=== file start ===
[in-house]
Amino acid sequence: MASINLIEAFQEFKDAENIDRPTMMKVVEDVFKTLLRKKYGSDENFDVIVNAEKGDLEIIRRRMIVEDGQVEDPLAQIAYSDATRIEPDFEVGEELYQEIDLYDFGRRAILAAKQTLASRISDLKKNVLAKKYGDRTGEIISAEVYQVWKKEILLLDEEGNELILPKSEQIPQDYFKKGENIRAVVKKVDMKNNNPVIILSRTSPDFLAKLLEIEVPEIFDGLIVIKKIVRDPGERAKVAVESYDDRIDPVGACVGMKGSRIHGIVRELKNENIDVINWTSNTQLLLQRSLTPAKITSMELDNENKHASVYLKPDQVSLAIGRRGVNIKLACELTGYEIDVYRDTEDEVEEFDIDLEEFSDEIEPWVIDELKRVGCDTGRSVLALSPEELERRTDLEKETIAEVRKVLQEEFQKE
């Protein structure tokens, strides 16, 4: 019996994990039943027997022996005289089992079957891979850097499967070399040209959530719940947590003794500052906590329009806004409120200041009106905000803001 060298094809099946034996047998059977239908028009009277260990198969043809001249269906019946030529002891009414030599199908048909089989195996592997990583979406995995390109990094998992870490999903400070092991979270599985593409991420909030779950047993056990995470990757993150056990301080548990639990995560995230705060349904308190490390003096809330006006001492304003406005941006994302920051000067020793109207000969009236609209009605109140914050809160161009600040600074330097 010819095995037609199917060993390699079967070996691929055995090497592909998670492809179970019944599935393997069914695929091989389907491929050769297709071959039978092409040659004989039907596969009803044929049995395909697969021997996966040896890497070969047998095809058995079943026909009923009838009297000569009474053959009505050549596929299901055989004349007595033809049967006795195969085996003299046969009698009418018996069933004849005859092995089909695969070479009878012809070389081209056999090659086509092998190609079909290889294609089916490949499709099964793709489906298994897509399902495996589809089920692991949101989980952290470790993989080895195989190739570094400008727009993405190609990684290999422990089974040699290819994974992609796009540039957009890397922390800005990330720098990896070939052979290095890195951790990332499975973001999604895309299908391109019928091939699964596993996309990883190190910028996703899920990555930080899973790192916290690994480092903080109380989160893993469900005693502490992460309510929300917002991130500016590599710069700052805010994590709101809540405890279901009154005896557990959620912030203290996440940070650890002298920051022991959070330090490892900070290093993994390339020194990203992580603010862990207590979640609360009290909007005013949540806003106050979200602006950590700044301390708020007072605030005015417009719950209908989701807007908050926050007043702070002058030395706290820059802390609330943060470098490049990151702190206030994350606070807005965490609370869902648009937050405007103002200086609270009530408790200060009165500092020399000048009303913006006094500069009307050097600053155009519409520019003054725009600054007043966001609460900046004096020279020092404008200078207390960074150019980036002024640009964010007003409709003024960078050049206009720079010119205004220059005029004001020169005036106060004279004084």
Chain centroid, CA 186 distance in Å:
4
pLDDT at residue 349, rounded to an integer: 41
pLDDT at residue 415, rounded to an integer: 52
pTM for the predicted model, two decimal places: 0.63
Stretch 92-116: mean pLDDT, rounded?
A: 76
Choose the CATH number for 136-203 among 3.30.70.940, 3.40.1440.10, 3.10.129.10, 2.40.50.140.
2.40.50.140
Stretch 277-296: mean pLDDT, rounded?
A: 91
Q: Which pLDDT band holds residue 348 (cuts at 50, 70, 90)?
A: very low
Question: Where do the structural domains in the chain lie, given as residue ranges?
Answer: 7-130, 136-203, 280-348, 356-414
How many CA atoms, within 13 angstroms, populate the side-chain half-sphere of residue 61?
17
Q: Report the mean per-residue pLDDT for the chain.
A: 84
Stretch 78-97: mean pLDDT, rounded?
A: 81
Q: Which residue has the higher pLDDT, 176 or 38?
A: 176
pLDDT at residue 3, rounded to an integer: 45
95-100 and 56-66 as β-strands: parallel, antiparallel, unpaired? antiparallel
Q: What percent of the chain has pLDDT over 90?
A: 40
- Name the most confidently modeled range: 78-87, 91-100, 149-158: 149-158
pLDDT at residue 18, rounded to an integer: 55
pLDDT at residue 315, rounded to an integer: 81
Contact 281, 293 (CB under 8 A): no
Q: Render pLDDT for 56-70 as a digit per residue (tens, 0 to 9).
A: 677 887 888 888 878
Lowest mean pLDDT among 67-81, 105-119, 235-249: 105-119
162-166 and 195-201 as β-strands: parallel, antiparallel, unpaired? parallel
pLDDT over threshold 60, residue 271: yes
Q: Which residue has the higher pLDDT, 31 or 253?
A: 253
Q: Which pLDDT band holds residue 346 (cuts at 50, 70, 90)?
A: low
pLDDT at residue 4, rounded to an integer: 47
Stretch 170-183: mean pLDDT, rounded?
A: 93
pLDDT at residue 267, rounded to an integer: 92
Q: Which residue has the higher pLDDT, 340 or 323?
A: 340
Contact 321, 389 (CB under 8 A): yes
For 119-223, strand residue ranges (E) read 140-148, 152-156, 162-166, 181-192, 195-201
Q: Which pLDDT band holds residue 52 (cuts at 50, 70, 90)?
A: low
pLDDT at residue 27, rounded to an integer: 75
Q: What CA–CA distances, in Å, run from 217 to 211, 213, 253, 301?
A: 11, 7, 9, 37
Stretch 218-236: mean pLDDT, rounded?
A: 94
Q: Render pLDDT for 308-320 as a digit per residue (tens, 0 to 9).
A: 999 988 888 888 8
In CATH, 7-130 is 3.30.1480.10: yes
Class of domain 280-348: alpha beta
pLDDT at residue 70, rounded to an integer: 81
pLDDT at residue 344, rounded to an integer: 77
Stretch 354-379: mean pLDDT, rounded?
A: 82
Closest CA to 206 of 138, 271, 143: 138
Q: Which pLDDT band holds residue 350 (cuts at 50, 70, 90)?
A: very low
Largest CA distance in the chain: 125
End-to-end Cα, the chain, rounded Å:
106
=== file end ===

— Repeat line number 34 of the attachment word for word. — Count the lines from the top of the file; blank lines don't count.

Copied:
Contact 281, 293 (CB under 8 A): no